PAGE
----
Q&A with Triinu, Verification Product Analyst at TransferWise

AnalyticsTallinn

I can prioritise my own work and set my own goals. They have to align with my team’s plan, but I can find my own way to get there. Nobody tells me what to do here. I figure things out myself with support from my lead. It can sometimes be challenging, but it’s enjoyable and empowering to work this way.

Why did you join TransferWise?

I was living abroad at the time and had been a customer of TransferWise for years transferring money abroad to pay rent. During my Erasmus year, I didn’t even open a bank account in the country, as it felt much easier to transfer money. When I was looking for jobs, TransferWise popped up.

I realised I knew someone from TransferWise and they told me about the team events and culture. I was still living abroad, but looking to move back home. I was scared of the reverse culture shock of moving back to Tallinn, so when I heard about how international the company was and that I could work in English, I was sold.

Why did you leave your old company?

I was working for a very traditional, hierarchical company in Copenhagen. As analysts, we were sitting in a corner very distanced from the actual product. The job was prepping numbers for the reporting line. You had no say in decisions, and your impact was small. I wanted to go somewhere that people value my ideas, and I can have a real impact.

In a nutshell, what do you do at TransferWise?

I help Engineers and Product Managers to define our vision and prioritisation for our product through data insights, looking for trends and blind spots. I work within the Verification Product team. We focus on the process of onboarding our customers so they can use TransferWise. We’re trying to automate things as much as possible, so our customer journey is faster and more convenient.

What’s the biggest challenge working here?

Autonomous teams are both a strength and a challenge. They allow teams to make their own decisions and move fast, but our teams prioritise their work separately within their planning sessions. Once plans are set, it can be challenging to persuade them to help your team out with something. Often, quite a few teams need to work together when building things, but when all teams have their own priorities, it can be tricky. It’s why our new structure of teams and tribes was set up, to try and create more alignment on priorities.

What’s the most interesting project you’ve worked on?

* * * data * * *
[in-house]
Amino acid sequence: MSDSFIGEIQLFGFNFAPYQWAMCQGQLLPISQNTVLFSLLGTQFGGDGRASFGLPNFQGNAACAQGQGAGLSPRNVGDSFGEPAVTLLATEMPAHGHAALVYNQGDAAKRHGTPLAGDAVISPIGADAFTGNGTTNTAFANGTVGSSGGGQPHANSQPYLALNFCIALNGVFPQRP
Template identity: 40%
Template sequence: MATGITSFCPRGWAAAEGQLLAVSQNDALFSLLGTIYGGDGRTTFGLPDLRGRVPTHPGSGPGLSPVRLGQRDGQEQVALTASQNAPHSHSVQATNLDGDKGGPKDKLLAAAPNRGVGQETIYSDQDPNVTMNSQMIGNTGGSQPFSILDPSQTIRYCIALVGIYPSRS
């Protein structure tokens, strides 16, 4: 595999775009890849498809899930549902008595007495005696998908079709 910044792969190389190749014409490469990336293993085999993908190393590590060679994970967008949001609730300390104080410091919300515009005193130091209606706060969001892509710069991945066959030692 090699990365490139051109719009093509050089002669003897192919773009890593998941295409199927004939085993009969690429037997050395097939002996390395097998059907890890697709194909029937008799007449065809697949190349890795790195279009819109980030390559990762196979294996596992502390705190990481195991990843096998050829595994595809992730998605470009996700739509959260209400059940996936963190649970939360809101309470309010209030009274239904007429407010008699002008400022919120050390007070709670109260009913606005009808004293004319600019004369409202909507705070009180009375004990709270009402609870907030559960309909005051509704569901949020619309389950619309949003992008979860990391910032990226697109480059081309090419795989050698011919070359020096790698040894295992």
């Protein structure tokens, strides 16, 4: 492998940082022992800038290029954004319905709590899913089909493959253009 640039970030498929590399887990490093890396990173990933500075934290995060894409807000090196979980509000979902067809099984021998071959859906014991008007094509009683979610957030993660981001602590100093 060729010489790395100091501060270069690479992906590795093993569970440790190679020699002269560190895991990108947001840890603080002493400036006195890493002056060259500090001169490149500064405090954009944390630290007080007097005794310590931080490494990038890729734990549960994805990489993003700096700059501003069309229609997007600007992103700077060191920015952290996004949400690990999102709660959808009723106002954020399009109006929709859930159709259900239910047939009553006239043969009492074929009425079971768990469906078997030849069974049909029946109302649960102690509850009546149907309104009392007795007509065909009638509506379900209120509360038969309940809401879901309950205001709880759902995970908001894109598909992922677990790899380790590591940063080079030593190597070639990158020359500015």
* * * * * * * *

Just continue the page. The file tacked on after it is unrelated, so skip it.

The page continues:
I find verification interesting as it’s the part of the journey where you get to know the customer. For one of my projects, I built a cost model to understand who pays for what in our verification process, as there are lots of things we outsource. I had to look at all the costs to understand who should pay for what. It took me two months to perfect my model.

Most interesting place you’ve used your TransferWise card?

Guadeloupe – a Carribean island.

What’s your team’s fun tradition?

My team is in Budapest and Tallinn, so whenever we visit either office altogether, we try to do bonding activities. We’re quite active, so far we’ve done curling, a barbeque and we went kayaking together.

What do you love doing outside of work?

I’m in a traditional Estonian choir. I also took part in the Estonian Song Festival, Laulupidu, which is a huge song festival that takes place every 5 years.

Tell us about a time you went out of your way to help a customer

Sometimes when I model data or look for samples from it, I can see if a customer has been through a tough time. For example, when someone’s tried numerous times to verify themselves. If I find a case like this, I take the data and go to the team taking care of it to follow up with the customer. I also always notify engineers about bugs so we can improve our customer experience.

Favourite slack group?

#kyc-data-sharing – it’s a place for anyone to ask questions about verification data. I’m trying to encourage people to add their questions so everyone can interact and learn from these cases. Often people have the same queries, so private messages are not a scalable way to deal with these things.